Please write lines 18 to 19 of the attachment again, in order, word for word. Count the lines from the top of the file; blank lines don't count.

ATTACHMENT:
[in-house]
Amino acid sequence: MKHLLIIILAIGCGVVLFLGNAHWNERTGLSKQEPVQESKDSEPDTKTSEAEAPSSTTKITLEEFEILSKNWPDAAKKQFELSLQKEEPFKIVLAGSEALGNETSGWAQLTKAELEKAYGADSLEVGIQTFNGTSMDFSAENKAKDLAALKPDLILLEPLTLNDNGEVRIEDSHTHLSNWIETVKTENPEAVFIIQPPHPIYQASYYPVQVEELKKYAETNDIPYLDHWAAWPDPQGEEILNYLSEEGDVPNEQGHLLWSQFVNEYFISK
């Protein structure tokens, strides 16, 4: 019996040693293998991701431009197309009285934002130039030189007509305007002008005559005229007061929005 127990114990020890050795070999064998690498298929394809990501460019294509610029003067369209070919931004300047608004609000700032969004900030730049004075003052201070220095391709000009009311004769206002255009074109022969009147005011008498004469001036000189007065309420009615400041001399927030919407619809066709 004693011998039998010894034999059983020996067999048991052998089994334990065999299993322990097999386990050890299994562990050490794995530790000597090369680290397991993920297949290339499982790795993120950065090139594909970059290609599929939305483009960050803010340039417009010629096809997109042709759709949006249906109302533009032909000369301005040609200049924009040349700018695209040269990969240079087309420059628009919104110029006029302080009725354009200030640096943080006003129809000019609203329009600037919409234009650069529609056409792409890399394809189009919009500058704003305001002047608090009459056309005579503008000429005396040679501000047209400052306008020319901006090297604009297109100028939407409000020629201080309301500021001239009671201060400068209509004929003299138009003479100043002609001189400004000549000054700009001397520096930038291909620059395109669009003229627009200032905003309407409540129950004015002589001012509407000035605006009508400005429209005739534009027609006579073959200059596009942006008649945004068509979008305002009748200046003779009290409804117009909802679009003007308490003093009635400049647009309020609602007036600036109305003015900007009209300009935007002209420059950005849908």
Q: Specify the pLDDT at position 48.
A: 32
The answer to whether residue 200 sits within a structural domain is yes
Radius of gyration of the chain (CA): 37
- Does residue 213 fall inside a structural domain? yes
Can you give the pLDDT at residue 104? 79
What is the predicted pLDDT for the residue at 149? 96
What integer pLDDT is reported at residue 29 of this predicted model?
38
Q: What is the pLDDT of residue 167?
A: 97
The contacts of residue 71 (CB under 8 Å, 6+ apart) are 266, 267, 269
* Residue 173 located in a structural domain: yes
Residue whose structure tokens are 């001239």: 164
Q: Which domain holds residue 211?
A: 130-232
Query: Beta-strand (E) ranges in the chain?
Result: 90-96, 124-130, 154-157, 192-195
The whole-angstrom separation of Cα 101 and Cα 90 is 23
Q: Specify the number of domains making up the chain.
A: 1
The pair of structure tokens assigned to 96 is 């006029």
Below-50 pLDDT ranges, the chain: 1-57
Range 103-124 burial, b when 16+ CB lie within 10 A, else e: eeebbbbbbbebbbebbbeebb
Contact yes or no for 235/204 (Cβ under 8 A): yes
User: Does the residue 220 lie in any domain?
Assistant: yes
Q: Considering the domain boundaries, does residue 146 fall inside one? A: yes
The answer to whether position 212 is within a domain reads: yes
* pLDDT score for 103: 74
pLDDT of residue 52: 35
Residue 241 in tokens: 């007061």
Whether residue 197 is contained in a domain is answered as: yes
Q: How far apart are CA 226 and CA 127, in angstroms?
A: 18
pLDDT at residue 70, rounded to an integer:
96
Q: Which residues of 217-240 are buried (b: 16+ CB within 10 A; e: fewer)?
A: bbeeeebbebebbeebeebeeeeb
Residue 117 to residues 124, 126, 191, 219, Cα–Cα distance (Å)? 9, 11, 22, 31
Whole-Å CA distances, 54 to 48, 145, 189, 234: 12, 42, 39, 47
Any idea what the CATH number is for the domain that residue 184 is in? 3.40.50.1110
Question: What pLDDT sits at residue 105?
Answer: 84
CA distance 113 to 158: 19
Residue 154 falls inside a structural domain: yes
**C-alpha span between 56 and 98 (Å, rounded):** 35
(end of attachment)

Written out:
Q: Which domain holds residue 211?
A: 130-232